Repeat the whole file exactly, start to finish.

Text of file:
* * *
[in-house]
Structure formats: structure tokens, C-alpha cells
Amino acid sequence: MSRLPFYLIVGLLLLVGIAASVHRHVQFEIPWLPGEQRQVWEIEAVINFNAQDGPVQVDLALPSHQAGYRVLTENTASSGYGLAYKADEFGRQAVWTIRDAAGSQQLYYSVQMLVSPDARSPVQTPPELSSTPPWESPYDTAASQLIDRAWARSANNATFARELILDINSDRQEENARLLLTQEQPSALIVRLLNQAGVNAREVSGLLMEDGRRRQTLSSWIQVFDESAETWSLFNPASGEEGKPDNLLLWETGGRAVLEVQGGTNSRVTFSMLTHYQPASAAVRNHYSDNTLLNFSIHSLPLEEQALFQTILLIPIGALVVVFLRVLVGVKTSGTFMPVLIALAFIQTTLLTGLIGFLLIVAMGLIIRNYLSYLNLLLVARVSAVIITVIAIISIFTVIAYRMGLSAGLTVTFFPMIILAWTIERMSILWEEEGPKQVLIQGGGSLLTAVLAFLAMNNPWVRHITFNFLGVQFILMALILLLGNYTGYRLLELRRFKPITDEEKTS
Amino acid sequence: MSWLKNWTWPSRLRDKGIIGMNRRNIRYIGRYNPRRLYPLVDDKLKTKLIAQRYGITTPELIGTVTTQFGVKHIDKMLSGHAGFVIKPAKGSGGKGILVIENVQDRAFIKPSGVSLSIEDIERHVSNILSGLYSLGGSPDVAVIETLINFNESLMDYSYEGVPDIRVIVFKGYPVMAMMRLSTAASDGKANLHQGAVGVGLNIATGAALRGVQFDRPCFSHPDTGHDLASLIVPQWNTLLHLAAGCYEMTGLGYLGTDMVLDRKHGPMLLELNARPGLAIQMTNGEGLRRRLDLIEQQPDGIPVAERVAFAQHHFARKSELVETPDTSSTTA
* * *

[in-house]
Structure formats: structure tokens, C-alpha cells
Amino acid sequence: MSRLPFYLIVGLLLLVGIAASVHRHVQFEIPWLPGEQRQVWEIEAVINFNAQDGPVQVDLALPSHQAGYRVLTENTASSGYGLAYKADEFGRQAVWTIRDAAGSQQLYYSVQMLVSPDARSPVQTPPELSSTPPWESPYDTAASQLIDRAWARSANNATFARELILDINSDRQEENARLLLTQEQPSALIVRLLNQAGVNAREVSGLLMEDGRRRQTLSSWIQVFDESAETWSLFNPASGEEGKPDNLLLWETGGRAVLEVQGGTNSRVTFSMLTHYQPASAAVRNHYSDNTLLNFSIHSLPLEEQALFQTILLIPIGALVVVFLRVLVGVKTSGTFMPVLIALAFIQTTLLTGLIGFLLIVAMGLIIRNYLSYLNLLLVARVSAVIITVIAIISIFTVIAYRMGLSAGLTVTFFPMIILAWTIERMSILWEEEGPKQVLIQGGGSLLTAVLAFLAMNNPWVRHITFNFLGVQFILMALILLLGNYTGYRLLELRRFKPITDEEKTS
Amino acid sequence: MSWLKNWTWPSRLRDKGIIGMNRRNIRYIGRYNPRRLYPLVDDKLKTKLIAQRYGITTPELIGTVTTQFGVKHIDKMLSGHAGFVIKPAKGSGGKGILVIENVQDRAFIKPSGVSLSIEDIERHVSNILSGLYSLGGSPDVAVIETLINFNESLMDYSYEGVPDIRVIVFKGYPVMAMMRLSTAASDGKANLHQGAVGVGLNIATGAALRGVQFDRPCFSHPDTGHDLASLIVPQWNTLLHLAAGCYEMTGLGYLGTDMVLDRKHGPMLLELNARPGLAIQMTNGEGLRRRLDLIEQQPDGIPVAERVAFAQHHFARKSELVETPDTSSTTA